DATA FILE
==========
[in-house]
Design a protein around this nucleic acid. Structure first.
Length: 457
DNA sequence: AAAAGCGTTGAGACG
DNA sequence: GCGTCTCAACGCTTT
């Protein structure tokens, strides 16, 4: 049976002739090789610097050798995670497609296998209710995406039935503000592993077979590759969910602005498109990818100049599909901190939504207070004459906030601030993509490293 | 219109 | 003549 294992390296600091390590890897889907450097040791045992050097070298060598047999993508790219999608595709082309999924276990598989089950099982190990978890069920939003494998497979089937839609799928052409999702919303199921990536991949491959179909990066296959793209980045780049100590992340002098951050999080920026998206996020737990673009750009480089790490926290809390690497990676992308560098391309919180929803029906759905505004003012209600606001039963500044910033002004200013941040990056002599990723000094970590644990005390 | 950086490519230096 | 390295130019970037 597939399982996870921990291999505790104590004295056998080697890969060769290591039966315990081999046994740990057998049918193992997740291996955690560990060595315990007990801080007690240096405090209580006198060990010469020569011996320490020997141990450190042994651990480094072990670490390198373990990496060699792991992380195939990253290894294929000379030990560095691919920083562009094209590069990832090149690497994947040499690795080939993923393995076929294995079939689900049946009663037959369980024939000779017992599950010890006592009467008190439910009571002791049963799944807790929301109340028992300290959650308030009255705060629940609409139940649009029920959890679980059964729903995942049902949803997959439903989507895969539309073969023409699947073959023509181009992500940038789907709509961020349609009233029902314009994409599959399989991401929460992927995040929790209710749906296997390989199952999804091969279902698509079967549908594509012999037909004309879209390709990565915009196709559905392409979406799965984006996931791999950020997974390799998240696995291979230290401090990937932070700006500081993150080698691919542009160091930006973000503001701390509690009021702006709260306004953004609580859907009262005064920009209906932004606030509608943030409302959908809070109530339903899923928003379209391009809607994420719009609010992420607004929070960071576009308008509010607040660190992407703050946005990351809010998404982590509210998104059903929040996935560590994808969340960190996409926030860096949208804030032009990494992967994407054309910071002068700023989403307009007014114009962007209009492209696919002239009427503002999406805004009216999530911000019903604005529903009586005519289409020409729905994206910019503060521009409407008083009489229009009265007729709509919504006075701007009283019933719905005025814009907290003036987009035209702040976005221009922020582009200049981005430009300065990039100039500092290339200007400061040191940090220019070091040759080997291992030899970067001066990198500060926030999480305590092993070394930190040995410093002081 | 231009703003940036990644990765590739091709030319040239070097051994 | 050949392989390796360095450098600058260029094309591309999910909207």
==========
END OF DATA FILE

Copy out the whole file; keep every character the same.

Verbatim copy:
[in-house]
Design a protein around this nucleic acid. Structure first.
Length: 457
DNA sequence: AAAAGCGTTGAGACG
DNA sequence: GCGTCTCAACGCTTT
């Protein structure tokens, strides 16, 4: 049976002739090789610097050798995670497609296998209710995406039935503000592993077979590759969910602005498109990818100049599909901190939504207070004459906030601030993509490293 | 219109 | 003549 294992390296600091390590890897889907450097040791045992050097070298060598047999993508790219999608595709082309999924276990598989089950099982190990978890069920939003494998497979089937839609799928052409999702919303199921990536991949491959179909990066296959793209980045780049100590992340002098951050999080920026998206996020737990673009750009480089790490926290809390690497990676992308560098391309919180929803029906759905505004003012209600606001039963500044910033002004200013941040990056002599990723000094970590644990005390 | 950086490519230096 | 390295130019970037 597939399982996870921990291999505790104590004295056998080697890969060769290591039966315990081999046994740990057998049918193992997740291996955690560990060595315990007990801080007690240096405090209580006198060990010469020569011996320490020997141990450190042994651990480094072990670490390198373990990496060699792991992380195939990253290894294929000379030990560095691919920083562009094209590069990832090149690497994947040499690795080939993923393995076929294995079939689900049946009663037959369980024939000779017992599950010890006592009467008190439910009571002791049963799944807790929301109340028992300290959650308030009255705060629940609409139940649009029920959890679980059964729903995942049902949803997959439903989507895969539309073969023409699947073959023509181009992500940038789907709509961020349609009233029902314009994409599959399989991401929460992927995040929790209710749906296997390989199952999804091969279902698509079967549908594509012999037909004309879209390709990565915009196709559905392409979406799965984006996931791999950020997974390799998240696995291979230290401090990937932070700006500081993150080698691919542009160091930006973000503001701390509690009021702006709260306004953004609580859907009262005064920009209906932004606030509608943030409302959908809070109530339903899923928003379209391009809607994420719009609010992420607004929070960071576009308008509010607040660190992407703050946005990351809010998404982590509210998104059903929040996935560590994808969340960190996409926030860096949208804030032009990494992967994407054309910071002068700023989403307009007014114009962007209009492209696919002239009427503002999406805004009216999530911000019903604005529903009586005519289409020409729905994206910019503060521009409407008083009489229009009265007729709509919504006075701007009283019933719905005025814009907290003036987009035209702040976005221009922020582009200049981005430009300065990039100039500092290339200007400061040191940090220019070091040759080997291992030899970067001066990198500060926030999480305590092993070394930190040995410093002081 | 231009703003940036990644990765590739091709030319040239070097051994 | 050949392989390796360095450098600058260029094309591309999910909207």